|Written by Mark Lineberger|
|Thursday, 26 August 2010 00:00|
A recycling drop-off location near the Camp Verde public schools complex will be saved after the Camp Verde Town Council voted last week to extend a deal with a Sedona nonprofit.
The town had been paying Sedona Recycles $600 a month for recyclable material bins on Apache Trail, near the town-owned Heritage Swimming Pool.
Since those bins were set up, however, the company has also set up bins on private property at the Outpost Mall on Finnie Flat Road.
Those bins, on a main thoroughfare through town, have seen much more use than the bins on Apache Trail.
But the bins near the schools still see a lot of use, several tons of recyclables a year, and Sedona Recycles Executive Director Jill McCutcheon said she hopes even more people will start to drop off their recyclables there in the future.
Earlier this month, the Town Council voted 4-3 not to renew the $600 a month contract with Sedona Recycles. Some council members felt the one site on Finnie Flat Road could possibly accommodate the recycling needs of the town’s residents.
Council asked new Town Manager Russ Martin to talk with McCutcheon and see if an alternative plan could be reached, one that wouldn’t cost the town as much money but would leave something in place for the convenience of residents who regularly use the Apache Trail bins.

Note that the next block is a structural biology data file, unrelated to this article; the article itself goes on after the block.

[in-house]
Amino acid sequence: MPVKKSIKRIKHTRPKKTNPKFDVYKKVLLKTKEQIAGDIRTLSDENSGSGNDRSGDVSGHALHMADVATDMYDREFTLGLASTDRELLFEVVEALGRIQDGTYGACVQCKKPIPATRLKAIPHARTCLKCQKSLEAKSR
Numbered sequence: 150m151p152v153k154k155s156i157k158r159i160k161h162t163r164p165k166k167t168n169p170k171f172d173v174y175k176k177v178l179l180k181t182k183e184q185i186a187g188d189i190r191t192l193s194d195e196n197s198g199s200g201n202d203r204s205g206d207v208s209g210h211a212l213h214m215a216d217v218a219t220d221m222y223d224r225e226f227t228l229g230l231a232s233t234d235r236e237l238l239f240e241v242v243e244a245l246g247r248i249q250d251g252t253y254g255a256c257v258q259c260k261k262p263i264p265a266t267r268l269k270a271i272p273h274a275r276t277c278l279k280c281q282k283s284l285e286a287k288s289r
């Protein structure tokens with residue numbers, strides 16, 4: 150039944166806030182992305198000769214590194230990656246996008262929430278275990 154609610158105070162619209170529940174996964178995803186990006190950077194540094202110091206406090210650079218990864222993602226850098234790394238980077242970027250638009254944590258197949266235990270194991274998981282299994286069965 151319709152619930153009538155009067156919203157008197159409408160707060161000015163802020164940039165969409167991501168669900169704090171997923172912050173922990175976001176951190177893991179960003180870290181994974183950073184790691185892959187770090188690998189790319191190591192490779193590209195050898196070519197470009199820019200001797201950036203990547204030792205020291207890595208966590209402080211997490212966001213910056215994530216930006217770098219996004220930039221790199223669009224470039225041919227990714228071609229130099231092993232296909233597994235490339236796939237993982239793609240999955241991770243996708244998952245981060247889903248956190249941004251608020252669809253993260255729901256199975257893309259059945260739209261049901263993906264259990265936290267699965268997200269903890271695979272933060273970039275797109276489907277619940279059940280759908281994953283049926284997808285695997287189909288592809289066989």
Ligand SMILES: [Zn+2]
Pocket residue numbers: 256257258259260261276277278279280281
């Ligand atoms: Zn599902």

The nonprofit came up with a couple of ideas, but ultimately the town decided on a plan to keep the bins where they are and to pay Sedona Recycles around $15 per bin per pickup; a trailer owned by the town used to separate glass will be picked up for $60 a visit.
Altogether, the town estimates this plan will cost around $387 a month, or $4,650 for the year, based on the amount of recyclables collected at the site over the past six months.
Martin said that’s less than what the town had budgeted this year for recycling costs.
Still, that number could eventually go up, if the site sees expanded use as McCutcheon predicts.
By keeping the site open, McCutcheon said the amount of material recycled on Apache Trail saves nearly 1,000 trees, more than 260 barrels of oil, 4,000 gallons of water and 14 tons of sand by keeping trash out of a landfill.
“We’re very passionate about recycling,” McCutcheon said. “It’s important for us to stay in Camp Verde.”
Councilwoman Jackie Baker said she’s never been “crazy about the site at Heritage Pool,” but she appreciates the effort Sedona Recycles has put into keeping the area neat and organized.
The council voted unanimously to approve this revised recycling agreement; the deal will be in effect for one year.
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